The current repeal of the federal estate tax law may hold up for the rest of this year, but some tax experts expect legislators, at some time later this year, to reinstate the tax and make it apply retroactively for 2010. If they do, that would mean estate inheritances received in 2010 when the law is not in effect could still be taxed.  We can expect constitutional challenges to new estate laws if applied retroactively.

The Basics

The following are some of the basics related to the federal estate tax law and how to protect yourself and your heirs, at least until Congress takes action.

  • Both the estate tax and the generation-skipping transfer tax (on assets given to grandchildren) were repealed at the end of 2009.
  • Both taxes are scheduled to return in 2011 at the unfavorable rates that applied 10 years earlier. The amount that is exempt from each of these taxes will then be $1 million, and the tax on the rest will be 55 percent.
  • There is still a gift tax if you give away more than $1 million during your lifetime, but the tax rate has been reduced from 45 percent to 35 percent.
  • Heirs will now have to use the original price paid for an asset when computing their tax liability, instead of the value upon the owner’s death. This change of “cost basis” could be very expensive, and difficult, for heirs. For example, if you inherit shares of Microsoft that your parents accumulated over many years, you might be stuck hunting for all their transaction slips and adjusting for stock splits along the way (a potential nightmare). And when you sell any of the shares, you may owe capital gains tax on the appreciation. Each estate can exempt $1.3 million of gains from this carryover basis rule, as it’s called. Another $3 million exemption applies to assets inherited from a spouse.

What Might We Expect?

Many estate planners expect Congress to restore the taxes retroactively, and to put back in place the system that applied in 2009: a $3.5 million exemption for estate tax and generation-skipping transfer tax, with a 45 percent rate for these two taxes as well as the gift tax.  Given the revenue needs of the federal government, it is difficult to guess what estate tax legislation Congress may pass.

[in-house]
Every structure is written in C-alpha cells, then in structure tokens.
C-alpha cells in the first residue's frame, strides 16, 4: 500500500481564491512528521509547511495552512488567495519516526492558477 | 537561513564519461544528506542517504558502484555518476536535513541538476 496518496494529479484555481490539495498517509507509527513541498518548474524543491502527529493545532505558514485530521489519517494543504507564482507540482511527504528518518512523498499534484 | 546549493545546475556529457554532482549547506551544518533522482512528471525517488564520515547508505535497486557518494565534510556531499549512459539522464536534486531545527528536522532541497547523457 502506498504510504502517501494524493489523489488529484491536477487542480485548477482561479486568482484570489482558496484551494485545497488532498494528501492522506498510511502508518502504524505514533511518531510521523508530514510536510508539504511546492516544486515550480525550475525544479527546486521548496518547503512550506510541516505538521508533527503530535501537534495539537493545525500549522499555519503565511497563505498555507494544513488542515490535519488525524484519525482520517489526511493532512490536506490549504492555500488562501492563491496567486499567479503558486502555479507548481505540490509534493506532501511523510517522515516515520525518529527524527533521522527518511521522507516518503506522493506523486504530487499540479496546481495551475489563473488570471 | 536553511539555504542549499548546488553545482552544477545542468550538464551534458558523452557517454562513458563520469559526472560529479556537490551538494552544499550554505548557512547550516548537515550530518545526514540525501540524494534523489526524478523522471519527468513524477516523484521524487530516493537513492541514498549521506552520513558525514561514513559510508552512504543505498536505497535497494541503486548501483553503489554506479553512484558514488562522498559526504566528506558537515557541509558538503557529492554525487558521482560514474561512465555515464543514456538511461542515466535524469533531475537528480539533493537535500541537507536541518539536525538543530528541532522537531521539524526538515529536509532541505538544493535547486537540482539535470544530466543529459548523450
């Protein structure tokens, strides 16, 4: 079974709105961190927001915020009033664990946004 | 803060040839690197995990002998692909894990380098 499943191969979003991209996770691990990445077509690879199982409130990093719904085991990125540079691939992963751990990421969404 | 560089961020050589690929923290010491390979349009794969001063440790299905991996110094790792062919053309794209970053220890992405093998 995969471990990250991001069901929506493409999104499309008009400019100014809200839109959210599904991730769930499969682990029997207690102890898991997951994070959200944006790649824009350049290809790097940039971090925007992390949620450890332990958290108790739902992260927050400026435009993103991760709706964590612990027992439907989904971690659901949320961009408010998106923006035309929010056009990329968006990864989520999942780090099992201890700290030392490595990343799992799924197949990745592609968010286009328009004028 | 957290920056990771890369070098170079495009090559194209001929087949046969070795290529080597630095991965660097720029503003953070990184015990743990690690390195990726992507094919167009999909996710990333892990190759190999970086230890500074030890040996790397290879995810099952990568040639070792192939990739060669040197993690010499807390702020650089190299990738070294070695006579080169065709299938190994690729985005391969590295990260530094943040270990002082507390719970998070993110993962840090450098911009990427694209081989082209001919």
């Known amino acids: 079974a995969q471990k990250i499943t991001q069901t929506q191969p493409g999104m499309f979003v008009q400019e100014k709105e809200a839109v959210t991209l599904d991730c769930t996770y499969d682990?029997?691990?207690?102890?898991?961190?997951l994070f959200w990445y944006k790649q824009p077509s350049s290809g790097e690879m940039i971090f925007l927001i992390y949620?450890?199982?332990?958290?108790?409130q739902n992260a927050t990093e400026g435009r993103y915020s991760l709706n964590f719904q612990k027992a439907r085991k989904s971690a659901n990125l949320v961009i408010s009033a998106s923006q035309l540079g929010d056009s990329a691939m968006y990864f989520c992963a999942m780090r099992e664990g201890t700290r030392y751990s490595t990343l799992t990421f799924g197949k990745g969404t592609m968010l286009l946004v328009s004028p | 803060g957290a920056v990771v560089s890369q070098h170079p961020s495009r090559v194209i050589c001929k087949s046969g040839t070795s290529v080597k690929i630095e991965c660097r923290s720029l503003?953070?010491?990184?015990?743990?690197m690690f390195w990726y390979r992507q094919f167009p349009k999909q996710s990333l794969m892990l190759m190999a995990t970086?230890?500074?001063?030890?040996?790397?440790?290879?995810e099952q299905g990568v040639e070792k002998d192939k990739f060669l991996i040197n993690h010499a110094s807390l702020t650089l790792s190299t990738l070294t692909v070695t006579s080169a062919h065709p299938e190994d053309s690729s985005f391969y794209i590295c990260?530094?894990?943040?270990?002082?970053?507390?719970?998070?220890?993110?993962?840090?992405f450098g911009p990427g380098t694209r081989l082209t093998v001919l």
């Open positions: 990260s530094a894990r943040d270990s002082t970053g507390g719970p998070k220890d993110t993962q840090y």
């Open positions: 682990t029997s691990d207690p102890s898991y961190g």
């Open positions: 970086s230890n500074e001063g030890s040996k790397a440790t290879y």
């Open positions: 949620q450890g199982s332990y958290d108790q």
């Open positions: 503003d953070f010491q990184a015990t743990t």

If Congress passes retroactive legislation, past court cases suggest that restoring the tax this way is legal. But people with enough at stake may bring lawsuits arguing that a retroactive tax is unconstitutional. The sooner Congress acts, of course, the fewer the number of people with an incentive to bring such cases.

Possible Steps to Take

The following are some issues to consider:

1)         Locate records of assets that are subject to capital gain taxes

You will do your loved ones a favor by organizing your records to show the cost basis of assets they might ultimately inherit.  It might be worth gently asking your parents if they happen to have kept transaction slips for stock shares they still hold.  Many people who were not wealthy enough to put them in the estate tax danger zone could be affected by the carryover basis rule. It is such a bookkeeping headache that it is unlikely to stick, but you should prepare just in case it does.

2)         Are there “tax formula clauses” in your estate planning documents?

Review your Wills and revocable living trusts to see if they include phrases such as “that portion”, “that fraction”, or “that amount” (without saying what it is). These are signs of attorneys trying to take maximum advantage of the estate tax exemption, which kept increasing. In 1999, it was $650,000 and by 2009 it had reached $3.5 million.

Instead of naming a specific sum that will go into a trust, many documents refer to an amount up to the exemption amount or express the sum as a percentage of whatever the limit happens to be when the person dies. This is good standard practice, but in a year without an estate tax, make certain the document reflects your intent. It is possible that under your current arrangement, less money would go to your spouse than you would like or too much may go to grandchildren. Consult your attorney about whether amendments may be necessary.

  • Use of Credit Trusts for Estate Tax Planning for Married Couples

The use of a Credit Trust can reduce or eliminate the payment of estate taxes at the death of the surviving spouse.

Here is how a Credit Trust works: Assume your Will includes a formula clause that would allocate up to the maximum tax-free amount to the trust if you die before your spouse.  The trust distributes your assets as you specify in the trust document — say to your spouse and family members while your spouse is alive, and then pays what is left to family upon the death of your spouse.

By placing the assets in trust, rather than leaving them to your spouse outright, you ensure that neither the assets nor any appreciation on them will be considered part of your spouse’s estate.  The assets held in the trust are, therefore, not subject to estate tax when the surviving spouse dies.

If your remaining assets go to your spouse, the tax on this portion, called the marital share, is not eliminated, but rather will be postponed until the second spouse’s death.  In most cases, no tax will be assessed when you die, because assets inherited from a spouse are entitled to an unlimited marital deduction.  Any money that remains of the marital share will be taxed when the second spouse dies.